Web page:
Mountain Water 

Liberty responds in debate

On Jan. 29, the Montana Public Service Commission announced its intent to sue Liberty Utilities over its unauthorized purchase of the Mountain Water utility and its parent company. Now Liberty says the PSC is overreaching its authority.

Liberty Utilities President Greg Sorensen and Mountain Water President John Kappes elaborated on their thinking during an interview with the Indy, saying the PSC has no jurisdiction over the purchase of Mountain Water's parent company. That $327 million purchase was announced Jan. 11 as the city of Missoula attempted to negotiate its own deal with the utility's previous owner, The Carlyle Group. The PSC is now planning to levy legal action and seek fines from Liberty.

Sorensen says he "empathizes" with the PSC's frustration over being left out of the discussion.

"We feel that frustration ... is misdirected at us," Sorensen says. "Perhaps people should be looking at the city and the role that they had in this."

Liberty had initially filed an application seeking the PSC's permission for the sale, but then withdrew the application and notified the PSC of the deal's closing. Sorensen claims Liberty had intended to start a friendly relationship with the PSC.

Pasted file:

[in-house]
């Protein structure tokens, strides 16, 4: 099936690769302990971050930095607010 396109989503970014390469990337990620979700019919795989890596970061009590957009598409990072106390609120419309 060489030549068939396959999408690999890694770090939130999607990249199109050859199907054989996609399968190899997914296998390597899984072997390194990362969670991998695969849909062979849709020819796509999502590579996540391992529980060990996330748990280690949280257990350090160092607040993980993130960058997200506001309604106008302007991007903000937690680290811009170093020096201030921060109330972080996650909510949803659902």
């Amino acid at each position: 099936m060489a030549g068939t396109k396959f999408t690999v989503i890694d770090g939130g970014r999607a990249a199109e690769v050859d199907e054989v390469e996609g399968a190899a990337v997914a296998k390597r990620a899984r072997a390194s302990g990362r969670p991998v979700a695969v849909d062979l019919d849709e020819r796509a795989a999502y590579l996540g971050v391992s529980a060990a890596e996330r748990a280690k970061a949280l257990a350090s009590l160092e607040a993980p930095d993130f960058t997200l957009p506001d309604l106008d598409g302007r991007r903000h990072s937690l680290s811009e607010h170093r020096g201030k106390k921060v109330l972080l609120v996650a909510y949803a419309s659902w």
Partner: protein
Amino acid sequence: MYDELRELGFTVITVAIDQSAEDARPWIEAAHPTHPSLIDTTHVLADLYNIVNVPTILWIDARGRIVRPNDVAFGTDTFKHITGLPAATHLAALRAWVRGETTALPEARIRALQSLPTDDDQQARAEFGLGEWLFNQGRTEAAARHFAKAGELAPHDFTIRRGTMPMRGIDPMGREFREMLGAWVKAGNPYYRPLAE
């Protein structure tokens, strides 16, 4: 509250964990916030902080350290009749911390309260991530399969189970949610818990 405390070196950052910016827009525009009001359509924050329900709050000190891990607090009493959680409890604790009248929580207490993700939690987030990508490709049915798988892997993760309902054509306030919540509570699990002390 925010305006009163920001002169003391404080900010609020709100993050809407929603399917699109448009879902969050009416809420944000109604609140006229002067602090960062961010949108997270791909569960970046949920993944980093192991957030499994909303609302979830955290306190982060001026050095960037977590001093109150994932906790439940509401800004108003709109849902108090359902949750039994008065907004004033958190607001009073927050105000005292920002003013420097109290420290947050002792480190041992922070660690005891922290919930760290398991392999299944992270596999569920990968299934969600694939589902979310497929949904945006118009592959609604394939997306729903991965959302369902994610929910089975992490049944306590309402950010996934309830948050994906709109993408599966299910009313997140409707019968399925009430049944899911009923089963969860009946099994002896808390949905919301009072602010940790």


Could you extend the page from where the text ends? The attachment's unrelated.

"Originally we certainly applied, in some ways, as a way to make sure that the PSC became acquainted with Liberty Utilities," he says. "The process itself can be a good one for an exchange of information, and a 'getting to know you' phase. And that process had been hijacked by the city and in a way taken out of the PSC's control. So it created a situation where we were no longer able from a business standpoint to continue that process and felt it best to finalize the transaction."

Liberty did seek and receive permission from California regulatory authorities for the purchase. Kappes says that's because California state law clearly outlines that requirement, where Montana does not.

"Montana doesn't have a specific statute of how the PSC should or shouldn't review these kind of transactions," Kappes says. "It's more an implied jurisdiction. Whereas in California there's a clear statute that Liberty did follow through for the whole Park Water, Western Water [transaction], because they were buying Western Water in California."

The PSC argues its authority over the deal is clearly implied by state law. In a statement released Jan. 29, PSC Commissioner Bob Lake wrote, "It's very unfortunate that the PSC was unable to review the purchase application through the proper procedure, but the Commission's actions today aim to ensure that the customers of Mountain Water are not harmed while the utility remains under private ownership."

While the PSC is preparing to bring action against Liberty in court, Mountain Water is also waiting on the result of the Montana Supreme Court's decision on Missoula's eminent domain case. Arguments for that case begin April 22 at the Dennison Theatre in Missoula.

  • Email
  • Favorite
  • Print
Today | Thu | Fri | Sat | Sun | Mon | Tue
Farmer Field Day

Farmer Field Day @ Western Cider

Wed., Sept. 20, 2 p.m.

All of today's events | Staff Picks

Relevant to News

© 2017 Missoula News/Independent Publishing | Powered by Foundation